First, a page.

By Lara Sheehi
Because tonight it’s not enough to sympathize and wear pins
They count everyone who doesn’t rise up as a win
Lying in bed we dream a thousand revolutionary plots
We’re fucking petrified to use the bit of power we got
“Sally”—Gods, Gays and Guns
Tick tock, the 100 days are on the clock.
And the time for splitting is now.
On 11/9, I witnessed what I had intuitively known;
what my Arab, woman, psychoanalytic clinician’s
heart knew well. The unconscious was alive and well.
And Freud echoed in my mind: there is no time in the
The Obama era made liberals complicit, while fascists, racists, homophobes, transphobes, sexists, classists, welled up with fear and fantasies of reclaiming their greatness once more. And here was Agent Orange with the key to the unconscious, unleashing a time capsule that, at least outwardly, remained just below the surface.
I sat there feeling what every brown and black person,
every disenfranchised sector of the USA, has known
and experienced consciously and unconsciously: Trump and this
election did not create fascism. He mined it within his
base—stoked, galvanized, and capitalized on it.
Then he mobilized it: found white nationalist, racist and neo-Nazis to fill his cabinet seats; courted the Klan; made isolationist, nationalist promises; spoke of walls; enacted a Muslim ban; exposed endangered species to eradication; denied climate change; and “became Presidential overnight” by firing 59 Tomahawk missiles into Syria and dropped “the mother of all bombs” on Afghanistan. (For more)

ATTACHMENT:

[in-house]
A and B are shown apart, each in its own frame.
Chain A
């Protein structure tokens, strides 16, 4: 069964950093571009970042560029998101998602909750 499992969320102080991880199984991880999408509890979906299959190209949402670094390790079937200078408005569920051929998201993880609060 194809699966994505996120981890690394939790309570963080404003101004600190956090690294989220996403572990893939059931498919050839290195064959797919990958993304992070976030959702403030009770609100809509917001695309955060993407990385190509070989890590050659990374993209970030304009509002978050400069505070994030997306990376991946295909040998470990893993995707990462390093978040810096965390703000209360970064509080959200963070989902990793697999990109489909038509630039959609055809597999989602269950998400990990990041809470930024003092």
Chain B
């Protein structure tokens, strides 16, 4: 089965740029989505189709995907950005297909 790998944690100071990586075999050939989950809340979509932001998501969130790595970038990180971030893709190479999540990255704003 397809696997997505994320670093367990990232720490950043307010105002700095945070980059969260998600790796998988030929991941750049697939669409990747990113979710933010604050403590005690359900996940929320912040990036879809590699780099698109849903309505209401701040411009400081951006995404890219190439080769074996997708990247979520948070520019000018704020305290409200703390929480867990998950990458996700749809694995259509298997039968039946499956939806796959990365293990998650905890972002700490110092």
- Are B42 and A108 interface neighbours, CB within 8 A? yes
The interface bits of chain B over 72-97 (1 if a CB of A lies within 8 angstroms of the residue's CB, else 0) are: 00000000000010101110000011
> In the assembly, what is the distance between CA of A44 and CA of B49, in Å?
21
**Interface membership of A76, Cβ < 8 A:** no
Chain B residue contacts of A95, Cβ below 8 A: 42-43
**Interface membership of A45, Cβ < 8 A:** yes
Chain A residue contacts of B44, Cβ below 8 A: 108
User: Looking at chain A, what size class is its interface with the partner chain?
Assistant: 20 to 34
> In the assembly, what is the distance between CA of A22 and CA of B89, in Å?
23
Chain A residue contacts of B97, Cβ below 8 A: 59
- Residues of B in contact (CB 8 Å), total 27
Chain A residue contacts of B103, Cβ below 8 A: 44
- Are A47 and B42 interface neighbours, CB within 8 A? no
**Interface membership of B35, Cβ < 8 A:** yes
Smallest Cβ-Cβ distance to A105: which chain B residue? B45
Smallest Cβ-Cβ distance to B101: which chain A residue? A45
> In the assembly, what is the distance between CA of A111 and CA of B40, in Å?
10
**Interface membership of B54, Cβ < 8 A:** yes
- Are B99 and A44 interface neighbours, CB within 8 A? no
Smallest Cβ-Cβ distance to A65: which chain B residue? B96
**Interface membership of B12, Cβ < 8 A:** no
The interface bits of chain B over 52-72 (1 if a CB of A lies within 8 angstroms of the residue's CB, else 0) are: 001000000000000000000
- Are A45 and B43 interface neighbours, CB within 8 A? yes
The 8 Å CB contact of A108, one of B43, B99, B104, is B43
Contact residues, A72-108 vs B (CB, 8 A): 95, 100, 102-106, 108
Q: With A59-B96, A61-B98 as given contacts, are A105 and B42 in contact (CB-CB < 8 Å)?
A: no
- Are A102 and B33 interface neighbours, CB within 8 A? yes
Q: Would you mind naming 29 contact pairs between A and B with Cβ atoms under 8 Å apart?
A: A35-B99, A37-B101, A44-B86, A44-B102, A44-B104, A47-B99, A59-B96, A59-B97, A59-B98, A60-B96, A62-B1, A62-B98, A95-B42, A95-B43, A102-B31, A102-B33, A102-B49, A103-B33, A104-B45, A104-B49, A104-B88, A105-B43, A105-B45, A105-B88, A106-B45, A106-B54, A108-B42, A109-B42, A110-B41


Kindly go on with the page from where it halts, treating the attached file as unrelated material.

Crimethinc., Emma, Bakunin, Kropotkin, all on my shelf.
yet the reality of fascism was somehow still surprising?
The Spencer’s of the world, unabashedly unveiling their
swastikas, their Pepes, their anti-Semitic venom, their
symbols of hate and fear mongering. Some say: surely
there are cries to belittle the rise of the Alt-Right;
most people, even Republicans, are against
them; they’re fringe. They’re but a few.
I searched deep and long within myself, within the pages of this 100-day project, with every piece that was written, calling on us to excavate and extend. Be magnanimous. Reach. Listen. Empathize. Like Sisyphus, however, I return to my conviction.
The time for splitting is now.
I am reminded of Kohlberg’s Heinz dilemma (1981). A child is asked to reason: is it wrong for a man to steal medicine from a Pharmacist to save his dying wife? The reasoning is key, but the underlying moral code is embedded within us all, betraying the capitalistic normativity within which we live, theorize, and even therapize. The dilemma is semantically posed to underscore stealing. The unspoken moral code implies an onus of guilt and shame on one who seizes the right to defy the capitalist normative order and subvert the sick, demented system that births such an abhorrent moral dilemma.
My call to embrace the urgency of splitting is a call
for radical subversiveness. It is a rallying and sobering
cry alerting us to the fascistic realities before us. The
reality of Klan and Nazis trolling the internet and patrolling
our campuses, neighborhoods, and parks, with batons, knives,
and sticks in hand. Normalizing modes of behavior and
language that we hurriedly whispered to ourselves were of a
different time and era. Shouts of “snowflakes” conjure
the Holocaust; Stars and Bars beckon Jim Crow.
Under the crush of fascism, splitting forfeits its pathology. It becomes our defense against normalization. A crude shield against anesthetization. A reminder of the staunch, unbending, uncowering, unflinching stances we should have taken time and again in history. Splitting fuels righteous rage that emboldens our solidarity with the Other, the oppressed and the disenfranchised. It reignites our resolve in a sea of disparity and demoralization.
In splitting, we leave no room for compromise. No
ignitable spark for racists, homophobes, transphobes,
anti-Semites, sexists, classists. Beyond the 100 days. Beyond
this fascistic reality and white nationalist presidency.
We close ranks. We resist. We rise in solidarity.